The talk concludes with 10 challenges which a proper understanding of Anglican ecclesiology brings for us today.
This talk is based on a much longer scholarly article published in Evangelical Quarterly 90.1 (2020):25-49, which interacts with Thomas Cranmer and the English Prayer Books, William Tyndale, John Jewel, John Ponet, and Alexander Nowell as well as the writings of John Eck, Cardinal Bellarmine, Martin Luther, the Augsburg Confession and statements about the church parallel to Article 19 made by Martin Bucer, Heinrich Bullinger, Huldreich Zwingli, John Calvin, Peter Martyr Vermigli, and Reformed confessions, which are placed against the background of evangelical discussions of the structure and governance of the church and the meaning of the Thirty-nine Articles from the early modern period (e.g. Thomas Rogers, Richard Hooker, Thomas Hooker, and the Reformation Legum Ecclesiasticarum) as well as more recent evangelical reflections from David Broughton Knox, Alan Stibbs, Colin Buchanan, Donald Allister, David Banting, Melvin Tinker, Nathan Buttery, Peter Sanlon, and Gerald Bray.
In this extract from his article in the latest edition of Churchman, Andrew Hollingsworth examines Paul's teaching on justification in the light of speech-act theory.
The earliest instance of Paul mentioning the theme of justification is in his letter to the churches at Galatia. Paul has written to the Galatians as a result of their turning to a different gospel than the one he delivered to them (Gal 1:6–7). Wright comments, “The question at Antioch (2:10–14) concerned table-fellowship: were believing Jews to eat with believing Gentiles or not?... the context indicates well enough that these themes are to do with membership in the people of Israel’s God; in other words, they were ‘covenantal.’” The fact that Cephas abandoned fellowship with the Gentiles in order to dine with the Jews evidenced division among those en Christo. This was a major problem because one of the implications of the gospel was that God had been faithful to his promise to Abraham to give him a single family through which the entire world, all the nations, would be blessed. This family was to be a united family not a divided one. Paul explicitly claims that Cephas’s behaviour was inconsistent with the gospel (Gal 2:14). Paul states, “But when I saw that he was not walking consistently according to the truth of the gospel, I said to Cephas in front of everyone, ‘If you, being a Jew, live like a Gentile and not like a Jew then how can you compel all the Gentiles to Judaize?’” (Gal 2:14). This is the context in which Paul discusses justification. Paul claims,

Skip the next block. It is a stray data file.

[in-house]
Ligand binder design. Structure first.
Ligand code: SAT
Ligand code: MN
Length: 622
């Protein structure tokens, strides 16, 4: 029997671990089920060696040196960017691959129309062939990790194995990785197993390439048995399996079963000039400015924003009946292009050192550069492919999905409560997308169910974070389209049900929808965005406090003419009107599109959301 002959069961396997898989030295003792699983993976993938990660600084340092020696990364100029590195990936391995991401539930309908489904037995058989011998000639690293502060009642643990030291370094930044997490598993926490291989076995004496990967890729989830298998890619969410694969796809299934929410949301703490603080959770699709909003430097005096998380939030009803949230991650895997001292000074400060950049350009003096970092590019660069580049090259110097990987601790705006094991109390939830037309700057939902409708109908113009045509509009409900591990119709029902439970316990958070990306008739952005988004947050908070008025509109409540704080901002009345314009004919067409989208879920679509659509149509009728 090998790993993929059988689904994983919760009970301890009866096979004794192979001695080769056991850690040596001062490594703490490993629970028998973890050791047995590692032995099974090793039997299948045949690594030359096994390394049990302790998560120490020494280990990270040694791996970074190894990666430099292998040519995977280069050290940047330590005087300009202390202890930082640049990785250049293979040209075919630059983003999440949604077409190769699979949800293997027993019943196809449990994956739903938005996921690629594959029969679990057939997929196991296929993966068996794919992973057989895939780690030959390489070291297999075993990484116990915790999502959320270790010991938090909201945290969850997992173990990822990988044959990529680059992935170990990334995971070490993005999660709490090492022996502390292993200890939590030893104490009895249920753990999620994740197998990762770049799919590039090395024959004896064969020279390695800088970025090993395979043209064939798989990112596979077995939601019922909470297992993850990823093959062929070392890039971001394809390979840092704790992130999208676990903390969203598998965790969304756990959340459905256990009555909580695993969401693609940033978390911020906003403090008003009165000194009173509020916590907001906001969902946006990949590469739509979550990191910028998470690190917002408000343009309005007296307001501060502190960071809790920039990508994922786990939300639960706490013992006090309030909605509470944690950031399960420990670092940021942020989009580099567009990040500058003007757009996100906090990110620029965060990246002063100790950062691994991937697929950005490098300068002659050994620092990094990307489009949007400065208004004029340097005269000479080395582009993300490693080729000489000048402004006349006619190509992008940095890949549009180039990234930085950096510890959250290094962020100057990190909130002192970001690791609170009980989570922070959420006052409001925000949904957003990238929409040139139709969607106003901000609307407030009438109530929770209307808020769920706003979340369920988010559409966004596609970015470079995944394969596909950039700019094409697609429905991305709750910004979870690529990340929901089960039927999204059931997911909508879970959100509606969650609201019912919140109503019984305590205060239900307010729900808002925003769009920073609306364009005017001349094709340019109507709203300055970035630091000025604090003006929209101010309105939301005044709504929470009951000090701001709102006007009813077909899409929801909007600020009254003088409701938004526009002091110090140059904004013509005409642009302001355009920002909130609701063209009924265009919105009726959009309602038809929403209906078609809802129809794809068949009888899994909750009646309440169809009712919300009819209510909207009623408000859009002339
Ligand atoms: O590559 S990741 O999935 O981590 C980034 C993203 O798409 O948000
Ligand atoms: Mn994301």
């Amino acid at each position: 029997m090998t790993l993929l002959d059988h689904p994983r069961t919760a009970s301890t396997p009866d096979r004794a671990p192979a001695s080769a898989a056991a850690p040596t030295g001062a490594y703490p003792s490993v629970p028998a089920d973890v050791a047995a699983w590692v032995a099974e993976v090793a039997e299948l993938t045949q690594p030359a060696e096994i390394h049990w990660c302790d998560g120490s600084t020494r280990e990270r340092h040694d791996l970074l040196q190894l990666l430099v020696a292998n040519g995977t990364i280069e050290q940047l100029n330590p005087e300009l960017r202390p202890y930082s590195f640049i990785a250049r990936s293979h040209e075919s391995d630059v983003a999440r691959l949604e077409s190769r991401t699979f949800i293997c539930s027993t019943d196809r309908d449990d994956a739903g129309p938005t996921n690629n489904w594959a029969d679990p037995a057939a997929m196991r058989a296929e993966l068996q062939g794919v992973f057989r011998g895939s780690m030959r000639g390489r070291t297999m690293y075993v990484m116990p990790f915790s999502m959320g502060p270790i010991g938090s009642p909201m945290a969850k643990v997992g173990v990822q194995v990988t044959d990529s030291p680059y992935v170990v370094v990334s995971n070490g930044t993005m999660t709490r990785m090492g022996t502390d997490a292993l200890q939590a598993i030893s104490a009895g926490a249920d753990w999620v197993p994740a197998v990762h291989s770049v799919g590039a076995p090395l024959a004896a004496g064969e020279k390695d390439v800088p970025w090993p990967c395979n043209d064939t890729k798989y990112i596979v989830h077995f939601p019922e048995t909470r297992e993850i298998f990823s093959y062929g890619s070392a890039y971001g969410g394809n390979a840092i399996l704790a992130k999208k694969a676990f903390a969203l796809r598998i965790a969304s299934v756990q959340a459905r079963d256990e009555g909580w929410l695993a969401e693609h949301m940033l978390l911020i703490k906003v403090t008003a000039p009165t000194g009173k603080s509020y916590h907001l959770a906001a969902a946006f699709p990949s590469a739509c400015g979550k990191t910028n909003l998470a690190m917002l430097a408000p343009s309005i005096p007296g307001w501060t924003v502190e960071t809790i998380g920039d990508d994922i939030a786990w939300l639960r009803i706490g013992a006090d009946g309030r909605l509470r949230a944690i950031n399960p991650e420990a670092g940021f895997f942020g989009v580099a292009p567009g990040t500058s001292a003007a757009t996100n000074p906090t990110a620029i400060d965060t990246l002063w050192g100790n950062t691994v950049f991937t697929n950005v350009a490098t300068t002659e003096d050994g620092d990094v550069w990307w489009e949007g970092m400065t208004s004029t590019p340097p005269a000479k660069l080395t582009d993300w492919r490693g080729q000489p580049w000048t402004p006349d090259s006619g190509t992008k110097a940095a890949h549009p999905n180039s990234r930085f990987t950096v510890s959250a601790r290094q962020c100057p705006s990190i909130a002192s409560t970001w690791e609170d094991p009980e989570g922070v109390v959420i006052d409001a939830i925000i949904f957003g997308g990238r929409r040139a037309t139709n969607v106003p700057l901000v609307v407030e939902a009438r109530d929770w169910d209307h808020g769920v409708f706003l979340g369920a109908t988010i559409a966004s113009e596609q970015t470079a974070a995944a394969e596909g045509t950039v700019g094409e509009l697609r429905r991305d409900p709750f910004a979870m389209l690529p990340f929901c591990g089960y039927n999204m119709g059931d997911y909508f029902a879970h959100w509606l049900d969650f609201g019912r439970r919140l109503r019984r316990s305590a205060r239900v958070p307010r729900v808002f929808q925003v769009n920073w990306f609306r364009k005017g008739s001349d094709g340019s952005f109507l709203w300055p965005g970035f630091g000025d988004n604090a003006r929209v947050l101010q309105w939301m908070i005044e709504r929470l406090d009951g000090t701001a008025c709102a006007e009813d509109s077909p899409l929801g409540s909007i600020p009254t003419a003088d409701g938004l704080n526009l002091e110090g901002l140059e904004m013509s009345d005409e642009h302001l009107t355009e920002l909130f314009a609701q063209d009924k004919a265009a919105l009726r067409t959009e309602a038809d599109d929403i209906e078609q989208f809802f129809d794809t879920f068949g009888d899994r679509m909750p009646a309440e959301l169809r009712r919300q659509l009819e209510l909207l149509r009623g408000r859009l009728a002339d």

“For we are Jews by nature and not Gentile sinners, but we all know that a man is not declared in the right according to works from the law but through the faithfulness of Jesus the Messiah, and we ourselves have trusted in Jesus the Messiah so that we might be declared in the right because of the faithfulness of the Messiah and not because of works from the Law, because no flesh will be declared in the right from works from the law (Gal 2:15–16, italics mine).”
H-F Dessain reviews The Church of England’s booklet Everyday Faith: reflections and prayers to help you find and follow God in everyday life
As part of the Church of England’s Setting God’s People Free initiative comes the Everyday Faith discipleship campaign. Building on the LICC’s project connecting Sunday services to Monday-Saturday life, The Church of England has produced a 21 day bible and prayer booklet to encourage Christians to live out their faith in all of their lives, not just at Church on Sundays, as well as suggested prayers to use throughout the day to remind us of God’s presence wherever we are. The three weeks of material are structured around the Corinthian triad (faith, hope, love) and are interspersed with stories showing how hairdressers, policemen, teachers, transport workers and plumbers are living out their faith in their work.